By: John Elliott
The Indian government has tried over the past week to offset some of the serious economic and social effects of Covid-19 on the poor and on business, while at the same time using the urgency of the crisis to announce a series of potentially significant economic and business reforms.
The plans – some extremely tentative and several not entirely new – have included extensive overall privatization of the public sector, specific increased private sector involvement in defense manufacturing, space activities, coal mining and power distribution, plus open market access for farmers to sell their produce. Aid measures have included financial and other help for small firms, farmers and migrant workers.
India’s economy has been crippled and the poor have been left destitute over the past two months. The country has more than 90,000 confirmed cases of coronavirus including more than 56,000 currently active. Reported fatalities have been relatively low at nearly 2,900, but the economic and social effects have escalated since Prime Minister Narendra Modi – who came to power six years ago this week – ordered one of the world’s strictest lockdowns on March 24. The lockdown has been extended to May 31, with varying degrees of relaxation around the country.
Modi heralded this week’s Covid-19 and other initiatives when he addressed the nation on May 12 and announced what was billed as a (much exaggerated) US$ 284 billion economic package of past and future plans for “land, labor, liquidity and laws.” This would lead to what the prime minister dubbed an Atmanirbhar Bharat or self-reliant India. (Economists estimate the actual government outlay is nearer $28 billion)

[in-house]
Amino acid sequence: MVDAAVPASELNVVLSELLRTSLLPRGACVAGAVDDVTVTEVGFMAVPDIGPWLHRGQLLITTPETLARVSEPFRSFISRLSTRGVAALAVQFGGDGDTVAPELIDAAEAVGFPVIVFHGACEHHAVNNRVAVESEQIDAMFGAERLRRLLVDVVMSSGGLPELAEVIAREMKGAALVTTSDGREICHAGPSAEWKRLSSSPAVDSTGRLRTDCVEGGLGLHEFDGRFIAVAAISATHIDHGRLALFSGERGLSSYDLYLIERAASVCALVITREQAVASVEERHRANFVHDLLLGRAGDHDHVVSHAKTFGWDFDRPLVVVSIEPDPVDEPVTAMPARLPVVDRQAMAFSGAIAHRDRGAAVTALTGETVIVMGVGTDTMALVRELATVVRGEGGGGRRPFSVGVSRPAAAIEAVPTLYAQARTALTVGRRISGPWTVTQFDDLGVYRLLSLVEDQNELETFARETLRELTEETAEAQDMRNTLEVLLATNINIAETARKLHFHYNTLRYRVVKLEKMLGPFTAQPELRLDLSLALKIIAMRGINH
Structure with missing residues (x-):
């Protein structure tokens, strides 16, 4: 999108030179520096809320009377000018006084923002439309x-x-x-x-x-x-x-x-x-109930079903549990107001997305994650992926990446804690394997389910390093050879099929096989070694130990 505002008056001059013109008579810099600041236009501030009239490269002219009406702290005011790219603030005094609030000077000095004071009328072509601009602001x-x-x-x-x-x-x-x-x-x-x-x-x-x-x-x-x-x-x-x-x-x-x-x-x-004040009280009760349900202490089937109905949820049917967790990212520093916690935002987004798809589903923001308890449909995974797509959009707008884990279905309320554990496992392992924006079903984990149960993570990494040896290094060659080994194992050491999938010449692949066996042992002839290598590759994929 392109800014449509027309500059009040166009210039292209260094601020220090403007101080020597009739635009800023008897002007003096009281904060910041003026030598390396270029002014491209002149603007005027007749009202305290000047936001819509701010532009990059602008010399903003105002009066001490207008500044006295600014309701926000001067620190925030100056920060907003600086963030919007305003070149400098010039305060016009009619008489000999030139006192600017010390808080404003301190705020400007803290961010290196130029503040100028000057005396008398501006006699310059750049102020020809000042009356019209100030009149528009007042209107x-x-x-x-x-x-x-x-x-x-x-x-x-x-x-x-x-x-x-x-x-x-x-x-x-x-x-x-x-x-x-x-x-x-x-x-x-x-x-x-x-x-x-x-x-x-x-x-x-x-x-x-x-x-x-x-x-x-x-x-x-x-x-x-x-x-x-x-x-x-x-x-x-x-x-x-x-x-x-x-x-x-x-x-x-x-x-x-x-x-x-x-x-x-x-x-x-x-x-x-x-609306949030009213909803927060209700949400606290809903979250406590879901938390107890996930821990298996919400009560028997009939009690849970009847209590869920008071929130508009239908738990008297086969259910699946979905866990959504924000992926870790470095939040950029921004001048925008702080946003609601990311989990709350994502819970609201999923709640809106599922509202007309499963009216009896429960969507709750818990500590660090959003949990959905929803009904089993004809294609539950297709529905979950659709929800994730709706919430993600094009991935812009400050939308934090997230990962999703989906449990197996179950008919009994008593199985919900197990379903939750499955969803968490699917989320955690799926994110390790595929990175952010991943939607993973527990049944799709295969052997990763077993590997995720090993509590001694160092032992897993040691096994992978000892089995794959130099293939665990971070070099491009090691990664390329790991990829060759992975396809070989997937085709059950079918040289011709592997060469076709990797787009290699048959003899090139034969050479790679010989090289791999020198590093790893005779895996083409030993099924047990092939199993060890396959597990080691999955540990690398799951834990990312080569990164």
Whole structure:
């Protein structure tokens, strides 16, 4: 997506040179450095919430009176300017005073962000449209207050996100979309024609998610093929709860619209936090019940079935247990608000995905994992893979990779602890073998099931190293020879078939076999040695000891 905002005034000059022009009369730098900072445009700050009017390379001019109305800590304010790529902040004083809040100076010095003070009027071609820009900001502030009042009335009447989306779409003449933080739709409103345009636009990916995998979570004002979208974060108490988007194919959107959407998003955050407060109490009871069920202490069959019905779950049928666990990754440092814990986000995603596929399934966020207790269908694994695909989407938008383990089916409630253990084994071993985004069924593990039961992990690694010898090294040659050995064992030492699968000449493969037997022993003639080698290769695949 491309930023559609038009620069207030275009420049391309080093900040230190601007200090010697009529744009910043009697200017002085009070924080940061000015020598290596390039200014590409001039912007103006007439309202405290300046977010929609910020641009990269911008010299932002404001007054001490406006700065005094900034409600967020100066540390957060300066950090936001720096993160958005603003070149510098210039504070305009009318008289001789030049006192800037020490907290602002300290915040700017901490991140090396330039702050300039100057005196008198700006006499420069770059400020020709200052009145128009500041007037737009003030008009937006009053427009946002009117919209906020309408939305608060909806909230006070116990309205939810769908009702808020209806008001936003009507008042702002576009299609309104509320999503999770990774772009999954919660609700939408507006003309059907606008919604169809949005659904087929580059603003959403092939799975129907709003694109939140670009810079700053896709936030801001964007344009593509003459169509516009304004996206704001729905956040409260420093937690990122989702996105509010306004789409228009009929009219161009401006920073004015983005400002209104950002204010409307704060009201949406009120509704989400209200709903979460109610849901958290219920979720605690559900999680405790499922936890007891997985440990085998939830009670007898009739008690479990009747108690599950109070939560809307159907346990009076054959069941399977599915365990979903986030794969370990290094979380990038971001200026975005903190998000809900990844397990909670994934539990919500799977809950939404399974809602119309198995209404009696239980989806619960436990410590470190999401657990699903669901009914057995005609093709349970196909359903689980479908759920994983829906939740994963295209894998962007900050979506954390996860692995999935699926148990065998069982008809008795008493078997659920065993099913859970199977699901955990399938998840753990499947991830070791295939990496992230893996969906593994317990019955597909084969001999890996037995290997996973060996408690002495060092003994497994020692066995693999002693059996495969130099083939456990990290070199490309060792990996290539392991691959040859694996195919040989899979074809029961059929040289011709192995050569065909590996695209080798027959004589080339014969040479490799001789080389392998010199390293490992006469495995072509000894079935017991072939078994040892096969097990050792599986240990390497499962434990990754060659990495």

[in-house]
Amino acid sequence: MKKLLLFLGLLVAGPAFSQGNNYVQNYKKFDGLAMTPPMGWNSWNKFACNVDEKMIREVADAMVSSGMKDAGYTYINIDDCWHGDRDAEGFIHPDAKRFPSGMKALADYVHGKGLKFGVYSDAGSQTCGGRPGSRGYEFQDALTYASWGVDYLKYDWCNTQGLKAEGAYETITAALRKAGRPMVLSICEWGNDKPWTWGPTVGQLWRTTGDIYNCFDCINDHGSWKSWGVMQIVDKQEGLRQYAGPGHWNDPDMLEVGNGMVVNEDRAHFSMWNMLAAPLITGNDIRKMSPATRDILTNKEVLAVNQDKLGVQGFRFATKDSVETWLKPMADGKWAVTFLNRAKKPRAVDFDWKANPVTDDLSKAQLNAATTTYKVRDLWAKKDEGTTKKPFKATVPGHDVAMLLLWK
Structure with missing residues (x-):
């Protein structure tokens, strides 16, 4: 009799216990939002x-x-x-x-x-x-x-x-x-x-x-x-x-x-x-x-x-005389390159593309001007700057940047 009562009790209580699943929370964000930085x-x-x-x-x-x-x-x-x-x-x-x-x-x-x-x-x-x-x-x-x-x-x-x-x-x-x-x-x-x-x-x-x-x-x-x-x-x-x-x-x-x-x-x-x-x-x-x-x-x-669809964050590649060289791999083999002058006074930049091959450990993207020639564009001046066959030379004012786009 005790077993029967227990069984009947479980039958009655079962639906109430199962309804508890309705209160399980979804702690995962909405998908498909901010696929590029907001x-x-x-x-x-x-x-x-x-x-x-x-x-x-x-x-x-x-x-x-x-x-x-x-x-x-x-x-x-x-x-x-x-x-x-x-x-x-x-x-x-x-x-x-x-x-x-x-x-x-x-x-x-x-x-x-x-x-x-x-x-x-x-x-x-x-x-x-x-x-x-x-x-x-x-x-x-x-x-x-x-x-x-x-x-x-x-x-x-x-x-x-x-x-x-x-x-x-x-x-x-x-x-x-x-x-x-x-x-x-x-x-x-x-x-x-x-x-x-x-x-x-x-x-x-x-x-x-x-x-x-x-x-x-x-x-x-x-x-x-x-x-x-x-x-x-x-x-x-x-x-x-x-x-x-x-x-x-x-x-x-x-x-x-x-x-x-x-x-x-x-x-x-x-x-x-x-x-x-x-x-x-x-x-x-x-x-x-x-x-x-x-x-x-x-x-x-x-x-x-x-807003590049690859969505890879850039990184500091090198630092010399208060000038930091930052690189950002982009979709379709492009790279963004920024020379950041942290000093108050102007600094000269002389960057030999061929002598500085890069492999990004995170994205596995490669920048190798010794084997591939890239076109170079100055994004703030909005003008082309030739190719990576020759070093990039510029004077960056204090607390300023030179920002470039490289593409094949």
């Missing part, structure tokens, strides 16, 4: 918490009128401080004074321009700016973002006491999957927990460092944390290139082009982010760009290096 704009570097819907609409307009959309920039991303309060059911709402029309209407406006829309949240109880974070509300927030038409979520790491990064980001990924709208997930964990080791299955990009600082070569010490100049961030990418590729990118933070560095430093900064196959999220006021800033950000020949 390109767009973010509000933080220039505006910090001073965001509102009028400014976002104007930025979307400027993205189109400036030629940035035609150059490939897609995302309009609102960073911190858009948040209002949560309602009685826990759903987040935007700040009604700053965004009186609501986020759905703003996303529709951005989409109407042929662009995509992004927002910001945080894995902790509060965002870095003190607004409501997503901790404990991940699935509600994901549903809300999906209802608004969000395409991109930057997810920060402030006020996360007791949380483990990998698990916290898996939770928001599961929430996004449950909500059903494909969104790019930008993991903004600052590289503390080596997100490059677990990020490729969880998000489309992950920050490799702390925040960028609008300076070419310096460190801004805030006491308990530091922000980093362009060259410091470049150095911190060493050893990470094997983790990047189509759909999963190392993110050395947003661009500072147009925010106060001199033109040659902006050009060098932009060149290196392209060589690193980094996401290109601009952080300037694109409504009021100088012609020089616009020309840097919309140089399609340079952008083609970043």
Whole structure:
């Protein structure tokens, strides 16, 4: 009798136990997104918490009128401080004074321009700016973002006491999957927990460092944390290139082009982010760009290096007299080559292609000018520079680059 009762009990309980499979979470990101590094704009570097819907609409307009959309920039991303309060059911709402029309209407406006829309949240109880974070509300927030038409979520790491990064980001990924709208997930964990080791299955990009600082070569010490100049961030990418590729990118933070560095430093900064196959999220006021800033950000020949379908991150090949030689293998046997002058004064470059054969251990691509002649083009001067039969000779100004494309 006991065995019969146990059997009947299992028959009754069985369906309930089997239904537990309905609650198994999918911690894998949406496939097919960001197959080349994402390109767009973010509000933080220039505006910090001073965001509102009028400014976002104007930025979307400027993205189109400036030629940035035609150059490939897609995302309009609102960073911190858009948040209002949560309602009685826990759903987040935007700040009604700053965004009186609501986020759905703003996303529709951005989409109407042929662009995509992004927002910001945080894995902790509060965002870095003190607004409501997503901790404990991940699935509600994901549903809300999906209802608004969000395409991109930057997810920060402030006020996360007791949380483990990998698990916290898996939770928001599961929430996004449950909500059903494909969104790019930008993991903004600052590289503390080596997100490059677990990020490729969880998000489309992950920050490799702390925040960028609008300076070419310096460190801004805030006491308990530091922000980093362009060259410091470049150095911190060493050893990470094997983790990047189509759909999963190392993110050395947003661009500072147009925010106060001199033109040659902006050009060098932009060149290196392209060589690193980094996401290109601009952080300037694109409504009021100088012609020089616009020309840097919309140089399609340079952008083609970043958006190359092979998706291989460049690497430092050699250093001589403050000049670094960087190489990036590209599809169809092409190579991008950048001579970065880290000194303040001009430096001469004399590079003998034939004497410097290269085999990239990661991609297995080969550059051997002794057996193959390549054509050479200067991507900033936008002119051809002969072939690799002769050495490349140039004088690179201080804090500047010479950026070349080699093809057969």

That was followed by five daily televised media conferences, which ended May 17 when Nirmala Sitharaman, the finance minister, listed Modi’s proposals on aid measures and broad-brush policy changes.
Migrant workers breaking state barricades on May 17
Modi’s speech and subsequent twitter messages were so impressive that there was even speculation he might be planning to use the Covid-19 crisis to trigger major reforms in the same way that Congress Prime Minister Narasimha Rao and Finance Minister Manmohan Singh dramatically opened up the economy to tackle a deep financial crisis in 1991. That initiative led to the development of modern India, but the pace of further reform has been slow and, for the past 20 years, there has been speculation about what sort of crisis would be needed to push a government into another mega initiative.